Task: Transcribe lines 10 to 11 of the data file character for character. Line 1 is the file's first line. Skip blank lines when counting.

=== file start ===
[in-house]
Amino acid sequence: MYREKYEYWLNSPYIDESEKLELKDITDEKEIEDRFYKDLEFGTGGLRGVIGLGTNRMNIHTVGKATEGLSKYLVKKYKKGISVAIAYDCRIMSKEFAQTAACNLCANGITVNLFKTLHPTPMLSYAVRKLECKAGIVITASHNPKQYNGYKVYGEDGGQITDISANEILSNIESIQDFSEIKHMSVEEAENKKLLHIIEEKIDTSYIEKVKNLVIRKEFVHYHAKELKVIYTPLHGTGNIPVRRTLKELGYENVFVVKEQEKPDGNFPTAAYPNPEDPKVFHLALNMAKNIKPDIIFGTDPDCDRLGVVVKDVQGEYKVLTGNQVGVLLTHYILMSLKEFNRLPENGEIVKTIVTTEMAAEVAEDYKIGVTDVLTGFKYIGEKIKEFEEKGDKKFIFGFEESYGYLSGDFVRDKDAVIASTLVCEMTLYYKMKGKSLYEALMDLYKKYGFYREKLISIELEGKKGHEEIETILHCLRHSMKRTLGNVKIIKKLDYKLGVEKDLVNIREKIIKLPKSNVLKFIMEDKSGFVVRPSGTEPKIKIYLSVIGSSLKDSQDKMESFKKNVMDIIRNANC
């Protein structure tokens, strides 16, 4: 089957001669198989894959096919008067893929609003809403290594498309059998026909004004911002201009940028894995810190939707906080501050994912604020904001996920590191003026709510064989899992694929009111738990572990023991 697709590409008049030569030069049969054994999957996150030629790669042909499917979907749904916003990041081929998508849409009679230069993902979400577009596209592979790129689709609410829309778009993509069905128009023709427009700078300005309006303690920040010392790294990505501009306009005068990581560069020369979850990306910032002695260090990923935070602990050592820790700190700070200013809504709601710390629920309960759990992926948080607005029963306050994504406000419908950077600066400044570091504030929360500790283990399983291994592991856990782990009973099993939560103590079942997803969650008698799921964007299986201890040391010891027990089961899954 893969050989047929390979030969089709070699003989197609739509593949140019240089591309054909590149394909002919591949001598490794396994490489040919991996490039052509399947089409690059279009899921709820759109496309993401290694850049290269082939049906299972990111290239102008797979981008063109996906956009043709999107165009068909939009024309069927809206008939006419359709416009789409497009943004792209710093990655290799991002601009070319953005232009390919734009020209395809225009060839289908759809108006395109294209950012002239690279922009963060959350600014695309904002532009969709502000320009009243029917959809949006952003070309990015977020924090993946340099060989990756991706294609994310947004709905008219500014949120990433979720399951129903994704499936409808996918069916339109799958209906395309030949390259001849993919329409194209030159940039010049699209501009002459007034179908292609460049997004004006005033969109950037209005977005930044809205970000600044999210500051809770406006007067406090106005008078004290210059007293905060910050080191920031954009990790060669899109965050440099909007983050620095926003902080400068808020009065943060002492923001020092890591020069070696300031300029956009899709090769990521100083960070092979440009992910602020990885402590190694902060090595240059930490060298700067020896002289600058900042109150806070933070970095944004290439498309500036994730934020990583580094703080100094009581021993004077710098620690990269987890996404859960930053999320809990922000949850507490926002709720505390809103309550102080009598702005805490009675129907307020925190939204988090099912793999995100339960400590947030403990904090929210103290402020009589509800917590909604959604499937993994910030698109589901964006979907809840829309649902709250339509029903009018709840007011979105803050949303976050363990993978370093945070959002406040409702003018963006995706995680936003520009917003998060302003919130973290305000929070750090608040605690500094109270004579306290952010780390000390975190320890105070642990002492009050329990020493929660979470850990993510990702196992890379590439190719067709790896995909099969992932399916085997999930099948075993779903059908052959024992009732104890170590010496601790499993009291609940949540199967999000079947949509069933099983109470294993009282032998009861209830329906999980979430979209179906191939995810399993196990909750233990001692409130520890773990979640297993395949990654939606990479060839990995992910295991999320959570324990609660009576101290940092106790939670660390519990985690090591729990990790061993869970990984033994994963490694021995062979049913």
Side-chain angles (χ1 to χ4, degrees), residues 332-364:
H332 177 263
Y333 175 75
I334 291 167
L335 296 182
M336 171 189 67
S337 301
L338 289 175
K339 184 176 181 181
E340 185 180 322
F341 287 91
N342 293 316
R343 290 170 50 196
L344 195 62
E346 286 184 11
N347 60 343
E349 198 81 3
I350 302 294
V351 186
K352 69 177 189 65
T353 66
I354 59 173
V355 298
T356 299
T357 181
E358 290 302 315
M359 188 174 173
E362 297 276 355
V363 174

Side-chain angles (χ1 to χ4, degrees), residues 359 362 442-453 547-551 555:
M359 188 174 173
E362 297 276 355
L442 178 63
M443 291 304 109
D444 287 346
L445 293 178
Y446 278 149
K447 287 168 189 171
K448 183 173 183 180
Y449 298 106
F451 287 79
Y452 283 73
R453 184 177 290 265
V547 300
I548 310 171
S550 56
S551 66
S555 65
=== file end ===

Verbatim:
S337 301
L338 289 175